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After the public sparked outrage over Trayvon Martin’s death in 2012, another innocent young Black man, Elijah McClain, was soon murdered by Colorado officials.
Although the death of McClain occurred seven years later, it revealed the deeper police brutality within America, leading to the Black Lives Matter movement and protests throughout the country.
McClain died in 2019, following police officials restraining him in a chokehold.
On August 24, he was walking home from a convenience store when an individual dialed 911, thinking McClain looked suspicious in a ski mask. Unaware of his blood condition, the individual presumed McClain to be dangerous, when in actuality the ski mask assisted with his anemia.
Shortly after the call was made, police arrived at the scene and instructed McClain to stop because he was “being suspicious”. The video footage captures McClain telling officials that he is going home and he has “a right to go where [he’s] going.”
Officials attempted to arrest McClain, but struggled to contain him then placed him to the ground with a carotid hold.
Fifteen minutes later, medical staff arrived, injecting McClain with 500mg of ketamine to “minimize time struggling.”
Unfortunately, McClain went into cardiac arrest on his way to the hospital. He passed away a few days after.
The two paramedics and three officers are being tried in three different trials.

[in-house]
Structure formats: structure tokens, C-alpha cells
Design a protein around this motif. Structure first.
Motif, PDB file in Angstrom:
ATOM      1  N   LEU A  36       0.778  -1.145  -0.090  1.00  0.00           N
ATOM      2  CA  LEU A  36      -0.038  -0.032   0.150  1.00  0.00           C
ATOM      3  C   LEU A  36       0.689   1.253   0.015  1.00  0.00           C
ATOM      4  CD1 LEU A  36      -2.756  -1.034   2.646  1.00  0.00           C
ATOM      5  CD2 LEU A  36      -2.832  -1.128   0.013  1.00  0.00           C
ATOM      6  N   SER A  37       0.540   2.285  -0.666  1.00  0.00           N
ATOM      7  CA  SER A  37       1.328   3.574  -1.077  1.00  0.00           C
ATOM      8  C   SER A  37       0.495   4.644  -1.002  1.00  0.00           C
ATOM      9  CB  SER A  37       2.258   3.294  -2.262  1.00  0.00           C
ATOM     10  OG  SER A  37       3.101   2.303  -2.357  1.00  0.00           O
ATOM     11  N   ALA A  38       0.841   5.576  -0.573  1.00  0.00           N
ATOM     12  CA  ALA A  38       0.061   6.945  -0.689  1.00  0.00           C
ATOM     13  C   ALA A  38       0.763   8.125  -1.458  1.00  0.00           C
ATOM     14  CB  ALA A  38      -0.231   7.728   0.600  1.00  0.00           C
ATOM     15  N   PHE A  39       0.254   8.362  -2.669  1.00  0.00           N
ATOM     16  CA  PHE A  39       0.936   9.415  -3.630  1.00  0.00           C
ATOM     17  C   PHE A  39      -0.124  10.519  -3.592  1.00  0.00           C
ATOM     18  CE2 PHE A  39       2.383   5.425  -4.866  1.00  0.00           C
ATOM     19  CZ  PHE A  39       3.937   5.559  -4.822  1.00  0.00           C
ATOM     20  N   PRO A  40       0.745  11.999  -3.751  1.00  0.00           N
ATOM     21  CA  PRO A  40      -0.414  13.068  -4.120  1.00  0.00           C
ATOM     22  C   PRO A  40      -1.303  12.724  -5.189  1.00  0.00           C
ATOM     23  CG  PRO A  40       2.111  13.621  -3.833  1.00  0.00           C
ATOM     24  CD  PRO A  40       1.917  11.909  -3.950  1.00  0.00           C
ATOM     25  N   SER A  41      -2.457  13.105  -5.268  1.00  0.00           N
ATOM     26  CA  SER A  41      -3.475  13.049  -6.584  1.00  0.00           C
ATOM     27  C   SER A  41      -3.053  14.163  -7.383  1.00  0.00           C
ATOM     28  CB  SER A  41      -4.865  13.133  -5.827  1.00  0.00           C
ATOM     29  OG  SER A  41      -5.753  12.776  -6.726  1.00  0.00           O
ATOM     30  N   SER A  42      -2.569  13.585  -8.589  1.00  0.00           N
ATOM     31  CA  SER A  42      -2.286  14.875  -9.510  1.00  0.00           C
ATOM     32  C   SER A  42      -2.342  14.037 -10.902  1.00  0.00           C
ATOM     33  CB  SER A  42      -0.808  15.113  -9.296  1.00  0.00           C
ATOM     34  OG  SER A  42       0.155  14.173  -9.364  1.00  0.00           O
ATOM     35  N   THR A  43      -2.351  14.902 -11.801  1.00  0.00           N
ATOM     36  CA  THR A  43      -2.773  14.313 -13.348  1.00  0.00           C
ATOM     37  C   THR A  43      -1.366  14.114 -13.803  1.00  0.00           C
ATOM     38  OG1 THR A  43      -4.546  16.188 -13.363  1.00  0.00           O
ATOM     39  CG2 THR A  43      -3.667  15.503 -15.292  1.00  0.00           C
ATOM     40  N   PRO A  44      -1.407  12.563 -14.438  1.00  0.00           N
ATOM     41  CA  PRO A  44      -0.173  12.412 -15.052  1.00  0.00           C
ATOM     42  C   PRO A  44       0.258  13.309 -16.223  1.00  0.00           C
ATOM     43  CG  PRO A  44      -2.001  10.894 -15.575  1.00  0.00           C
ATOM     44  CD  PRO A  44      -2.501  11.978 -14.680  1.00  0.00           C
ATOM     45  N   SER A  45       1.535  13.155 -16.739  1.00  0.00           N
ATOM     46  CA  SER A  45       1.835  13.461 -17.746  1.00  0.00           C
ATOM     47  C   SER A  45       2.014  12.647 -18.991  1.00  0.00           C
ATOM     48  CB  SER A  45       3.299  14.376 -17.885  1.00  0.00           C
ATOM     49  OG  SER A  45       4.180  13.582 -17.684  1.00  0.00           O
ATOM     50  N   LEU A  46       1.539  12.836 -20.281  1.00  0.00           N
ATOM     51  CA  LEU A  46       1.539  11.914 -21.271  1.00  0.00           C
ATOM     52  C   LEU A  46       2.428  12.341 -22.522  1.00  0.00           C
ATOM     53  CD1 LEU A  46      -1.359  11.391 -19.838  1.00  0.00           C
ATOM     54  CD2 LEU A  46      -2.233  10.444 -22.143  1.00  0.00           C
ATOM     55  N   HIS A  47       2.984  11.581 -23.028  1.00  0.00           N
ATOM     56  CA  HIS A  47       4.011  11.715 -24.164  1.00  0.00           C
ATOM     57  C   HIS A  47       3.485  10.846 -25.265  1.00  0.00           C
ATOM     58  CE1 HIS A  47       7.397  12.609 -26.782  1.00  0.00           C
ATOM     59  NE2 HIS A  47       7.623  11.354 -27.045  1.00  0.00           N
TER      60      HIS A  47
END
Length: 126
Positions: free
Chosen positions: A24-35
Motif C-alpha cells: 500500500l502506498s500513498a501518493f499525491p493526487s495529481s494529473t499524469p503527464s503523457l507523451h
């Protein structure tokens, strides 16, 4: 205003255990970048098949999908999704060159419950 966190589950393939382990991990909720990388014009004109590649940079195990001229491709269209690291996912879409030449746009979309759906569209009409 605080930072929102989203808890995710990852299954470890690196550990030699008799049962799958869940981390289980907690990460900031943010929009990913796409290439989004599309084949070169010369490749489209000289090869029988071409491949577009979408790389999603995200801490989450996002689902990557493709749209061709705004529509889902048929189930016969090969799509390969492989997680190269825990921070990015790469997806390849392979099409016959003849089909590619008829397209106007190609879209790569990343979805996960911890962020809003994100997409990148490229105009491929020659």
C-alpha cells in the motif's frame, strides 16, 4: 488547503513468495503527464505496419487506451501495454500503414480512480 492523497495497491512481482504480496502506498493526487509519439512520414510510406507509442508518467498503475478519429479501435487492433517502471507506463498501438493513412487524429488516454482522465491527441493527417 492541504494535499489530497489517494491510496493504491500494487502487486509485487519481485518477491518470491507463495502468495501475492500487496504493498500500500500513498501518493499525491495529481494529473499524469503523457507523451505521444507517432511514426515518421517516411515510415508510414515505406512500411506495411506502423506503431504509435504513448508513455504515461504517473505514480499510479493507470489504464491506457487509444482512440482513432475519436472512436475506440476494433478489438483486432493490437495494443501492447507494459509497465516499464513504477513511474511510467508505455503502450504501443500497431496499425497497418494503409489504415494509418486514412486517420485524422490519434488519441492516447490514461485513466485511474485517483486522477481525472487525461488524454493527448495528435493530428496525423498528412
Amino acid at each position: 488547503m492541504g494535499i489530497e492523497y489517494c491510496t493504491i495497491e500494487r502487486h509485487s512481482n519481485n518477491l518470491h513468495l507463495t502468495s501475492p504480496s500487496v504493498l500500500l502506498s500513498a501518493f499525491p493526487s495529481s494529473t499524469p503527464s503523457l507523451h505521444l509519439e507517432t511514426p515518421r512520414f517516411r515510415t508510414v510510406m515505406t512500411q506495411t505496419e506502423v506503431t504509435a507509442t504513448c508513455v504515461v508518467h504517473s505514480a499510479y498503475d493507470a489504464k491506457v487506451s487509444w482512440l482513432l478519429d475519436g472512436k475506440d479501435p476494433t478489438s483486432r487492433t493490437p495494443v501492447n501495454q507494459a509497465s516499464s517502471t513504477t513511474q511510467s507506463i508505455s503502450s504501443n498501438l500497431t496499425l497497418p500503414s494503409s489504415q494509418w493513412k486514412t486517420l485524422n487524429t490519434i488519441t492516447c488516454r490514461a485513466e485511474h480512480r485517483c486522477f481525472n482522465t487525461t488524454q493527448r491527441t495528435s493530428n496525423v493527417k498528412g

All are being charged in the death of Elijah McClain.
The initial report of McClain’s death was first ruled as “undetermined”. However, the revised autopsy report stated it was due to “complications of ketamine administration following forcible restraint.”
In the first trial that was in connection with McClain’s death, officer Randy Rowena was found guilty of criminally negligent homicide and assault in the third degree.
While Rowena was found guilty, Jason Rosenblatt, another official involved, was found not guilty of charges of reckless manslaughter, assault in the second degree, and criminally negligent homicide.
The split verdict upset McClain’s mother, who entered the courtroom with a raised fist.
In expressing her frustration over the outcome with ABC News, she stated, “America needs to start telling the truth about its history and changing the way it treats all the people that pay into its system of control.”
On October 17, the second trial associated with McClain began. The first trial started in August 2019 for Nathan Woodward. He was the first police officer at the scene and the one who put McClain in the chokehold.
Woodward pleaded not guilty to both charges, manslaughter and criminally negligent homicide.
General Ann Joyce, Assistant Attorney, argued that Woodyard’s actions resulted in McClain’s death and violated his police training. In the previous trial, McClain had difficulty breathing, choking on his own vomit during restrainment.
The death of Elijah McClain is about “indifference” and “suffering”, says mother
Joyce stated, “This trial is about the defendant and his teammates doing nothing to help Elijah McClain. This trial is about their continued callousness and indifference to Mr. McClain’s suffering.”
Magdalena Downing, Woodyard’s attorney, argued that Woodward was not responsible for the death of McClain.
She instead blamed it on the ketamine distributed by EMT personnel. Standing by her client, Downing stated, “Let me be clear, someone is guilty… They’re not here. It’s not Nathan.”